The impetus for our human studies in this area was the early studies of Rodemann and Goldberg (46), Palmer and colleagues (39, 40), and Vandenburg and colleagues (63) in isolated animal muscle and muscle cell culture. They showed an increase in arachidonic acid flux through the COX enzyme, either through stretch or direct arachidonic acid supplementation, promoted the muscle production of PGF2α and PGE2, which in turn stimulated muscle protein synthesis or degradation, respectively. Interestingly, in the aforementioned training study only muscle exposed to both exercise and either of the two drugs over the 12 wk experienced this supplemental growth (59), suggesting a muscle stretch and/or loading-related mechanism. Although we speculated that the COX inhibitors may have had a stronger effect on reducing PGE2-related protein degradation (59), the actual mechanism behind the drug effects on muscle growth is still unknown. Understanding how these drugs work is important not only for the millions of individuals worldwide that consume these drugs regularly along with healthcare professionals that may prescribe chronic consumption of these drugs, but it also provides insight into the regulation of skeletal muscle adaptations to exercise.
The goal of the current investigation was to take a comprehensive, yet targeted, approach to understand the COX-inhibiting drug effects on muscle growth (59). Including our previous measurements of the COX enzymes (59), we examined 27 components (enzymes, receptors, cytokines, myokines, transcription factors, and growth factors) involved in the regulation of the PG/COX pathway and muscle mass. In the muscle biopsy samples taken before and after training we examined the COX pathway enzymes that are upstream and downstream of COX and responsible for enhancing general prostaglandin production (i.e., PGH2, the product of COX and precursor to all prostaglandins) and specific enzymes and receptors that regulate the production and initiate the effects of PGF2α and PGE2, respectively (Fig. 1). Specifically, we examined phospholipase A2 (PLA) enzymes [cyctosolic (cPLA2) and secreted (sPLA2)] that convert membrane phospholipids to the COX-substrate arachidonic acid (8, 20, 23, 50); the enzymes that convert PGH2 to PGF2α (PGF2α synthase) (29, 30, 36, 68) and PGE2 to PGF2α (PGE2 to PGF2α reductase) (34, 51, 68); the enzymes that convert PGH2 to PGE2 (PGE2 synthase-1, -2, and -3) (37, 41, 47, 70); the PGF2α receptor (1, 6, 35, 38); and PGE2 receptor-4 (6, 55) (Table 1). We also examined several cytokines and myokines that have been shown to regulate skeletal muscle metabolism and adaptation, specifically, tumor necrosis factor (TNF)-α, IL-1β, IL-6, IL-8, and IL-10 (42, 43). Additionally, we measured several known regulators of muscle growth [myogenin, myogenic regulatory factor-4 (MRF4), myostatin] (16, 25, 48) and atrophy [Forkhead box O3A (FOXO3A), atrogin-1, muscle RING finger protein 1 (MuRF-1), and inhibitory κB kinase β (IKKβ)] (16, 17, 31, 48). The findings from these analyses resulted in two proposed mechanisms as to how COX-inhibiting drugs promote muscle mass gains during resistance training in older individuals.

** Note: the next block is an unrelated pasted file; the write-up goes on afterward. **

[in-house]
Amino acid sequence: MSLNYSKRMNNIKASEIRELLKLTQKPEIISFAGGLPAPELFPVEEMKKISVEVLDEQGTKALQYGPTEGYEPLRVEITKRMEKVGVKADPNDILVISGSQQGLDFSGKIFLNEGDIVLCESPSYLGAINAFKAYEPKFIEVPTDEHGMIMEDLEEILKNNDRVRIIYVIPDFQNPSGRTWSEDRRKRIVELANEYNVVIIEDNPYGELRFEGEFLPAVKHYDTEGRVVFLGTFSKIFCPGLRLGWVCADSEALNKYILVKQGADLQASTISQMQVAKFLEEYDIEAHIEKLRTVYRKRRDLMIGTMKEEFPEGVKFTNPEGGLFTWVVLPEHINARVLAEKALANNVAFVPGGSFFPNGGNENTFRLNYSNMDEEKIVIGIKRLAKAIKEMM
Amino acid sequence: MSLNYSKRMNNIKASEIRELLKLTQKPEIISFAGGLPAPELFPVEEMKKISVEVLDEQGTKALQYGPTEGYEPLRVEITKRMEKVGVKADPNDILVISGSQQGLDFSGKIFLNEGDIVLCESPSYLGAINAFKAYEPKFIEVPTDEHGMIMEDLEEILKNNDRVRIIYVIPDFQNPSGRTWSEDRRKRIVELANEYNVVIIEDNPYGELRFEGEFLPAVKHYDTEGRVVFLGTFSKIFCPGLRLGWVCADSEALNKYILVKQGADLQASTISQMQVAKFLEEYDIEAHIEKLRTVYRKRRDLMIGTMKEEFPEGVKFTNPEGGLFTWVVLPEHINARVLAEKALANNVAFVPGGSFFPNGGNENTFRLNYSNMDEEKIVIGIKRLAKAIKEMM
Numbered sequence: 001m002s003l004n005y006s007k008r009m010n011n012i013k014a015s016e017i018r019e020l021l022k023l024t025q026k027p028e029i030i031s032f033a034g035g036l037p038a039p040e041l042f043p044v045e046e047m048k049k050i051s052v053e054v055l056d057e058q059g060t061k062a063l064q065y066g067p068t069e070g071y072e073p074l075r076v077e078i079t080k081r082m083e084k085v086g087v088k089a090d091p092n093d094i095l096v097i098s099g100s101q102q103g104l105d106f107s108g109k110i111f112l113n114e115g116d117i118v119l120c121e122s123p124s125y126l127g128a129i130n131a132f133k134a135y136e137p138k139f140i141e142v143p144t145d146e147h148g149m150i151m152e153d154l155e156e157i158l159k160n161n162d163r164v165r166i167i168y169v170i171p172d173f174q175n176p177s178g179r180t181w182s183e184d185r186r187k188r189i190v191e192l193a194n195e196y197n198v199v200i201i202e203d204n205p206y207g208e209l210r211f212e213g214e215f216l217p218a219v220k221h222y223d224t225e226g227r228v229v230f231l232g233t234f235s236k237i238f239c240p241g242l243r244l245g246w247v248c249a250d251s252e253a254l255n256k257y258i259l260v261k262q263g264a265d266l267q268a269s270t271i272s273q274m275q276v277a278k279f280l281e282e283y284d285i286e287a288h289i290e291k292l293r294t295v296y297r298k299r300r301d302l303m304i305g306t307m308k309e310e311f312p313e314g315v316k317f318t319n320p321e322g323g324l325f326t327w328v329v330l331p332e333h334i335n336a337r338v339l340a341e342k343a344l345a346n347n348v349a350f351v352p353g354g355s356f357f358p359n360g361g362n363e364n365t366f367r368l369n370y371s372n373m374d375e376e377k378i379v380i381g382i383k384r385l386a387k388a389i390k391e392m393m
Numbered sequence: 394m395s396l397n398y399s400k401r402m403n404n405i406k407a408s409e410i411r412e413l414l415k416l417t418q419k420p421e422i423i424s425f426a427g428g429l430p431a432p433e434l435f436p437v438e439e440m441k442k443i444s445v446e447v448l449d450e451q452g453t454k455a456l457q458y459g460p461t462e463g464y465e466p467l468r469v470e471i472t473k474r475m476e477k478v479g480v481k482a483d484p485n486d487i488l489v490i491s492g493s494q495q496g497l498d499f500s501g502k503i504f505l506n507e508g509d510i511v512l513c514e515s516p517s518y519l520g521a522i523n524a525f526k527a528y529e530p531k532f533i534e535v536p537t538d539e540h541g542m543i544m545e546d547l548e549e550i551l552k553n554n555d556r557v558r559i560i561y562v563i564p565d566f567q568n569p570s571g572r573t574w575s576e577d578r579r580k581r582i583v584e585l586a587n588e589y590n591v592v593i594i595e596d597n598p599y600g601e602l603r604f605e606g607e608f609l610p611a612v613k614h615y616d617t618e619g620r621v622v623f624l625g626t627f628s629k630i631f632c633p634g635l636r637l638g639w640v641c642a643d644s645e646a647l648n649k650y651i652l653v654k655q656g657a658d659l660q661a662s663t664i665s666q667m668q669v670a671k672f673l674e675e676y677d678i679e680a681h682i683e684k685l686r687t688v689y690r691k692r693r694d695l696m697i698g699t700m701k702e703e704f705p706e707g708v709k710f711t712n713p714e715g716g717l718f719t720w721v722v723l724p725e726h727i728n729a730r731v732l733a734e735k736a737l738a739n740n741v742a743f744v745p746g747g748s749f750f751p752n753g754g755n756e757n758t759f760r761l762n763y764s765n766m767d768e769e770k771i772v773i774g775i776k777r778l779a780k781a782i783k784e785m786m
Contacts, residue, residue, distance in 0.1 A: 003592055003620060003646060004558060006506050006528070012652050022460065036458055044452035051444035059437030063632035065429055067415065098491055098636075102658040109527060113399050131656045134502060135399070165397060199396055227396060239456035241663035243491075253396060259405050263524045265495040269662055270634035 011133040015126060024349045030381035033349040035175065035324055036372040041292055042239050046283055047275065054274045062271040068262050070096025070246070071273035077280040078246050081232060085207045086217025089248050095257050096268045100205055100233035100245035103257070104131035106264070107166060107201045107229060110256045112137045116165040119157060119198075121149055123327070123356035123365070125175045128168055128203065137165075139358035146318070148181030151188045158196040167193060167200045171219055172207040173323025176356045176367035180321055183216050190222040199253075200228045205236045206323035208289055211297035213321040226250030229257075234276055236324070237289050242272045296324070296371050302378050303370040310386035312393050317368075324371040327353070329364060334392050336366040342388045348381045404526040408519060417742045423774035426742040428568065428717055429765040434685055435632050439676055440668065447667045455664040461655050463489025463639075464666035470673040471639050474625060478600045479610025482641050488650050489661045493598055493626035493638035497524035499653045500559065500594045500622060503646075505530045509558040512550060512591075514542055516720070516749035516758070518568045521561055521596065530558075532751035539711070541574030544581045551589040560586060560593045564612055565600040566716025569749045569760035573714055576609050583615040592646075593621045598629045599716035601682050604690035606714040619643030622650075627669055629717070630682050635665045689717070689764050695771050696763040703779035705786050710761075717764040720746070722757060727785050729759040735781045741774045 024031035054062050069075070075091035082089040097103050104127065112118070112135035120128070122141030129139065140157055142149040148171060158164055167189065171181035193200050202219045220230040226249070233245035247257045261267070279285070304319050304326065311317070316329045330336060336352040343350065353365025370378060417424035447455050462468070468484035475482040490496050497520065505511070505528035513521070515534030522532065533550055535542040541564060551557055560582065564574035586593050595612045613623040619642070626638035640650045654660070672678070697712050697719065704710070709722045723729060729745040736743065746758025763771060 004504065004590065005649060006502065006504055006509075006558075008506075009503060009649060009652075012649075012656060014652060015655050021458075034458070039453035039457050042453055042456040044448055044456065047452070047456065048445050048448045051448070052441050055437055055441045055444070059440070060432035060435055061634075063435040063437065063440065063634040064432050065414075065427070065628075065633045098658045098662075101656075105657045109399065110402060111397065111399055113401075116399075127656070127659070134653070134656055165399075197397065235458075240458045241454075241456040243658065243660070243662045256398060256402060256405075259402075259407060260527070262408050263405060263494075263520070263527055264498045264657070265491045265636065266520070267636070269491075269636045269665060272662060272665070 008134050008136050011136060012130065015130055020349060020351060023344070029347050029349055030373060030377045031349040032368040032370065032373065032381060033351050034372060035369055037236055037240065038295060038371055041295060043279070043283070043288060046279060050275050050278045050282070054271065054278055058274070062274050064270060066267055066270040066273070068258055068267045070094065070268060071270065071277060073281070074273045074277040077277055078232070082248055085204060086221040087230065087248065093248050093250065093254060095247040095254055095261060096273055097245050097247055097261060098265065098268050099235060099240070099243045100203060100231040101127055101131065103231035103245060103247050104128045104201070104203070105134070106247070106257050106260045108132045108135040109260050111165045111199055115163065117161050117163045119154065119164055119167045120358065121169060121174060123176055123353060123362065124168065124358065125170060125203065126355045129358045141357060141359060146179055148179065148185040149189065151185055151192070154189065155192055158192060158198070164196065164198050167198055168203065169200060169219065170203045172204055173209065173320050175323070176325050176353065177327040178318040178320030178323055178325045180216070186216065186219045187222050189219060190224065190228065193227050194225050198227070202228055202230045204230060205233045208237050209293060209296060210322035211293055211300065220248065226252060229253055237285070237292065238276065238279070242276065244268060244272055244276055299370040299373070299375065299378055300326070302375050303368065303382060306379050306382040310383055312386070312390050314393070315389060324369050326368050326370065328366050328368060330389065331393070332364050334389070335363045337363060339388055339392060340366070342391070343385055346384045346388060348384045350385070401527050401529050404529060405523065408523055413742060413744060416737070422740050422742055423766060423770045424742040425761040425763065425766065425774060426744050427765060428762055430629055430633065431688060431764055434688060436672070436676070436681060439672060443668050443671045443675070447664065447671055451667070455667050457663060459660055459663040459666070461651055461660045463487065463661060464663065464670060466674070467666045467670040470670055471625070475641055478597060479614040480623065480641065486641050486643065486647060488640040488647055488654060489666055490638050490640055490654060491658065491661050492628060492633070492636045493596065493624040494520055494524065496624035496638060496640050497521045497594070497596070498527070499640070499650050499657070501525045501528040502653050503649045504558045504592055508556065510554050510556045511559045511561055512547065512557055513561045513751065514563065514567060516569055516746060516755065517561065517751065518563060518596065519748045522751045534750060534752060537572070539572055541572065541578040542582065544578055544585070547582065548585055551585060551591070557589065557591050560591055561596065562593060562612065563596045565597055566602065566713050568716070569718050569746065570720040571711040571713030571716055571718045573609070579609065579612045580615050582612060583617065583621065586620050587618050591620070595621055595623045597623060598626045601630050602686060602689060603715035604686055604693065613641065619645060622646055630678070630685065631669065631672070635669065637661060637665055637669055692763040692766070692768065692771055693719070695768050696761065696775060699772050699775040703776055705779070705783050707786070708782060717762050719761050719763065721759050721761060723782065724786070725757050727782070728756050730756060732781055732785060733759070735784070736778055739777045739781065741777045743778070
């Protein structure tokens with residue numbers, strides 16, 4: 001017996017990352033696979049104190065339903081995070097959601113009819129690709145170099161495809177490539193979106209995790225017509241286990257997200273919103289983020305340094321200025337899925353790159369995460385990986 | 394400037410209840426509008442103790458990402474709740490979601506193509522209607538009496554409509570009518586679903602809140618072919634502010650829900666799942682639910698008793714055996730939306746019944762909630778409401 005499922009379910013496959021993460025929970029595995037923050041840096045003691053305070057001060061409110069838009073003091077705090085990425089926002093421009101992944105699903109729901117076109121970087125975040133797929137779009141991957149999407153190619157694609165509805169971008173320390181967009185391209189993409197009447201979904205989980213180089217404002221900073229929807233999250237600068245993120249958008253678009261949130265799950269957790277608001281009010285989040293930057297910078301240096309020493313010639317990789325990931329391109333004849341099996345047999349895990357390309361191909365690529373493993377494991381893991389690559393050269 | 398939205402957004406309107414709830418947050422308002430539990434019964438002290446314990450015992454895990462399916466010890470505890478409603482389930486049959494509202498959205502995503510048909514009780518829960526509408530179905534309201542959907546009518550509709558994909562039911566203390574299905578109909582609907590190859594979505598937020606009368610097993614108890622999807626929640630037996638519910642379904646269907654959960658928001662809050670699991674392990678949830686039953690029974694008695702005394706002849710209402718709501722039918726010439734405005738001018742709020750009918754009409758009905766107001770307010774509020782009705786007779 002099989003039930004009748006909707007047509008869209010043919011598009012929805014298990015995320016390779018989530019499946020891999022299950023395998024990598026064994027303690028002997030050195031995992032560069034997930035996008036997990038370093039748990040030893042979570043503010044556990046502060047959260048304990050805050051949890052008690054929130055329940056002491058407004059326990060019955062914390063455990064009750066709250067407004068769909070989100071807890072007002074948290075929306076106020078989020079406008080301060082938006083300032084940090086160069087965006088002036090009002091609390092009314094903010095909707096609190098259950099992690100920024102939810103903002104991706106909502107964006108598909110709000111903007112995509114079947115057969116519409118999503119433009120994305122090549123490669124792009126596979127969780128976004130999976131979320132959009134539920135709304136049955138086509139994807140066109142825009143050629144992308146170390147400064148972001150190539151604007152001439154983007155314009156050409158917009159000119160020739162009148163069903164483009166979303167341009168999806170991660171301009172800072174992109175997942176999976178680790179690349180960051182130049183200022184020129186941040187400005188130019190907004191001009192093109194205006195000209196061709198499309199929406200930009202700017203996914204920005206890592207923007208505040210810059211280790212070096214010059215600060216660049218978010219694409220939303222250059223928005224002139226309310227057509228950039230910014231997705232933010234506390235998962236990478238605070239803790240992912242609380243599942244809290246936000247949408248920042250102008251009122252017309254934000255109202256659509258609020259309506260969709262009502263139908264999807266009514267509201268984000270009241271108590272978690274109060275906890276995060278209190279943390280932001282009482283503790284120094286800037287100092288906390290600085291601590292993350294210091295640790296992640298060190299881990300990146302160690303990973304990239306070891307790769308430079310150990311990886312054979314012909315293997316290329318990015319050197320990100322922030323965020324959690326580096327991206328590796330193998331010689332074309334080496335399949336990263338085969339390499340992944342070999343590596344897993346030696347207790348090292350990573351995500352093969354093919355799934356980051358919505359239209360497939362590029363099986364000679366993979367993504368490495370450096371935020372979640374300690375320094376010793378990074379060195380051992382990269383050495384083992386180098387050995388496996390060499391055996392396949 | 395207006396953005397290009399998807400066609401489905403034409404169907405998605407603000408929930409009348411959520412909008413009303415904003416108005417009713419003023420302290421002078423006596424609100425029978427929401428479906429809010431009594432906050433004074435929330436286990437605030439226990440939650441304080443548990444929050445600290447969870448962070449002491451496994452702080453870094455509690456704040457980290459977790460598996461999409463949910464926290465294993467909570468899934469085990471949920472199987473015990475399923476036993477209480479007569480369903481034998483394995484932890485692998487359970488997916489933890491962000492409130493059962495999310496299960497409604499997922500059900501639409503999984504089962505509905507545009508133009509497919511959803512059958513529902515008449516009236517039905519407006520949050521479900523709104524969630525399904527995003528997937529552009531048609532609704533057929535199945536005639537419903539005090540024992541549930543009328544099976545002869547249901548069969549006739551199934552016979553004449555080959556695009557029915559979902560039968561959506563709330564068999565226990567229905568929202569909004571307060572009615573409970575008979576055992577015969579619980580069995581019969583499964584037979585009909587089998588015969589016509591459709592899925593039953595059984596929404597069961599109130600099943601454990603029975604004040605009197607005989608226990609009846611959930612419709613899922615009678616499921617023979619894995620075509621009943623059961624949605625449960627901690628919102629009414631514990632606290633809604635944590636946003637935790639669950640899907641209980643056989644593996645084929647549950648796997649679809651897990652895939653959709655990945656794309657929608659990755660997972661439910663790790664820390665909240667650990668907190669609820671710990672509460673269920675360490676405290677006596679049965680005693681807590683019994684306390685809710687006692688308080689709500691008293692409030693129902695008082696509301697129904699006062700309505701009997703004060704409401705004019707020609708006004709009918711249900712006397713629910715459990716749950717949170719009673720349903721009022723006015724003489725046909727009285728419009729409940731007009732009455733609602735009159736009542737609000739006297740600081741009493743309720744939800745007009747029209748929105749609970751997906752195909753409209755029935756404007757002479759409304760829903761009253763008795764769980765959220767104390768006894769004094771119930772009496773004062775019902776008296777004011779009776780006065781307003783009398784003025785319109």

MATERIALS AND METHODS
Overall Study Design